Australian and American scientists have found a way of shrinking tumours in certain cancers a finding that provides hope for new treatments.
The cancers in question are those caused by a new class of genes known as 'microRNAs', produced by parts of the genome that, until recently, were dismissed as 'junk DNA'. While much is still unknown about microRNAs, it is clear that they can interfere with how our genes are 'read'.
The current finding identifies one particular microRNA (microRNA 380) that appears to disable the king of tumour suppressors, the P53 gene. So important is P53, that it is known as the 'guardian of the genome'. In order for a cell to become cancerous, P53 must either be mutated or otherwise disabled.
Dr Alex Swarbrick, from Sydney's Garvan Institute of Medical Research, Dr Susan Woods from Brisbane's Queensland Institute of Medical Research and Dr Andrei Goga from The University of California San Francisco chose to study neuroblastoma, a childhood cancer of the nervous system in which 99% of patients do not have mutations of the P53 gene.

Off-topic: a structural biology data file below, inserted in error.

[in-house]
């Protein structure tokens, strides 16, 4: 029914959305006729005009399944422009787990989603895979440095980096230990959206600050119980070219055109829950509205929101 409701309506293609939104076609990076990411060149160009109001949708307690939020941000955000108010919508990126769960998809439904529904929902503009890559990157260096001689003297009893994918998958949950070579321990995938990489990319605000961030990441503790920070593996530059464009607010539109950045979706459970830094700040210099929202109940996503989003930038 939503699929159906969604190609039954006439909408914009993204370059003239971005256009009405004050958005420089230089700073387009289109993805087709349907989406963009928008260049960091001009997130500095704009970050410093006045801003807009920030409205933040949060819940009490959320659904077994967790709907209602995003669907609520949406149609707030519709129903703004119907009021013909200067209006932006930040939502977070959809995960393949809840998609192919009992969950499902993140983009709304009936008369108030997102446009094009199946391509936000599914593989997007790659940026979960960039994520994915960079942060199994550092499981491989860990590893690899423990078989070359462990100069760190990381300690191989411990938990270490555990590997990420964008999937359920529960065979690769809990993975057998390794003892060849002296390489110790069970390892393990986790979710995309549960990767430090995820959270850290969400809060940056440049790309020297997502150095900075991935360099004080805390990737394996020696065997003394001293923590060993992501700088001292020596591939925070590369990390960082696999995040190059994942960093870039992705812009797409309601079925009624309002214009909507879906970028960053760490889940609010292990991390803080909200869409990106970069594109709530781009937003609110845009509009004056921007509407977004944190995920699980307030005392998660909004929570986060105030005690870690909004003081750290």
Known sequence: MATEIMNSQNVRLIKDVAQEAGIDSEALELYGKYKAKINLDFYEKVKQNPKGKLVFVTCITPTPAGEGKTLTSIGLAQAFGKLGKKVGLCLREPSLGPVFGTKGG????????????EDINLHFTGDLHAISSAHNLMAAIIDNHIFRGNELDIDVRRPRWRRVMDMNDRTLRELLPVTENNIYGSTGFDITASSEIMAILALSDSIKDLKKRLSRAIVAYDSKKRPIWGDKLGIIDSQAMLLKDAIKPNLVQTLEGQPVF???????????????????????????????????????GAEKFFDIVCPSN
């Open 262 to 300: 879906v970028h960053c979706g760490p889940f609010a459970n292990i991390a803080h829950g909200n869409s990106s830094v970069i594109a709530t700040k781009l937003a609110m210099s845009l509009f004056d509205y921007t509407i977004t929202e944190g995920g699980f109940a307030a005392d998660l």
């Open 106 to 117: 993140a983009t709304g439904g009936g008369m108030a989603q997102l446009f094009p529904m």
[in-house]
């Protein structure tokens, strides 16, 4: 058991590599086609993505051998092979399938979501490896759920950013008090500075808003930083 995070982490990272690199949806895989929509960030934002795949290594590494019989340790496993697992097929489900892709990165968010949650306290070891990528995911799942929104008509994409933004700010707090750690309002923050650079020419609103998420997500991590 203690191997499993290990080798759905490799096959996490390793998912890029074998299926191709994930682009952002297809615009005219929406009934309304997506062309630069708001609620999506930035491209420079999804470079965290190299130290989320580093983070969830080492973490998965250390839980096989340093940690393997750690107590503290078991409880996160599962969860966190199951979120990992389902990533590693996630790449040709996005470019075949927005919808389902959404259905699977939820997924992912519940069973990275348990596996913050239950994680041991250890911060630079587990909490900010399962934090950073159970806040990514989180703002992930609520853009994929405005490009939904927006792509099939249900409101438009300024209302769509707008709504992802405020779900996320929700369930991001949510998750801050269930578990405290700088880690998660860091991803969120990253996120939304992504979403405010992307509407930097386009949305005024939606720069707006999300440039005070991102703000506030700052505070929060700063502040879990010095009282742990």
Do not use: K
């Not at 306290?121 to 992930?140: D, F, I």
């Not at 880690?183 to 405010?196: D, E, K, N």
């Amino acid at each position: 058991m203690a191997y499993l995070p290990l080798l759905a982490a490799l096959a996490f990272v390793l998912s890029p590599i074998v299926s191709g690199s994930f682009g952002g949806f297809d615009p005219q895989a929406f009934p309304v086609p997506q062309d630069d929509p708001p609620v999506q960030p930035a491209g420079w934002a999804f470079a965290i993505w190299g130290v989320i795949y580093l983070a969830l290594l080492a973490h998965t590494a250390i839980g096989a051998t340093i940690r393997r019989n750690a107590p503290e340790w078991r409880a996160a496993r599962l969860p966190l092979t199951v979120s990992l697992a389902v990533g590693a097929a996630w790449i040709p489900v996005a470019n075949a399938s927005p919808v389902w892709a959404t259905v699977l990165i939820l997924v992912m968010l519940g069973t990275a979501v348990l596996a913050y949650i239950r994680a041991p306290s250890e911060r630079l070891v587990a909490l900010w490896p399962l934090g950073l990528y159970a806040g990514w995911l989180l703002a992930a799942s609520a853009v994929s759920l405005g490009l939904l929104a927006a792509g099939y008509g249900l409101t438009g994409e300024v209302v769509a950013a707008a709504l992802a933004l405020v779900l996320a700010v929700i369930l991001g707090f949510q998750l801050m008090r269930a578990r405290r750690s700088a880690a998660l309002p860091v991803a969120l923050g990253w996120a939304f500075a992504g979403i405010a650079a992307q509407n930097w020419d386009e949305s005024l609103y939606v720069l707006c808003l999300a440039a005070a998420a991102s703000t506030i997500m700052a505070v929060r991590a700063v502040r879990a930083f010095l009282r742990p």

The researchers found instead that neuroblastomas disable p53 by over-producing microRNA 380. When they blocked the microRNA, P53 production resumed, cancer cells died and tumours became much smaller. Their results are reported in the prestigious international journal Nature Medicine, online today.
"The revolutionary thing about this finding is that it's the first time anyone has blocked the growth of a primary tumour by the simple delivery of a microRNA inhibitor," said Swarbrick.
"By that, I mean we delivered the microRNA inhibitor in a way we might give it to a person as a twice-weekly injection not using some genetic trick. It's the closest thing to a clinical result that's yet been published."
"That, of course, makes this microRNA a potential therapeutic target for all cancers that depend on it."
"The other good news is th
|Contact: Alison Heather|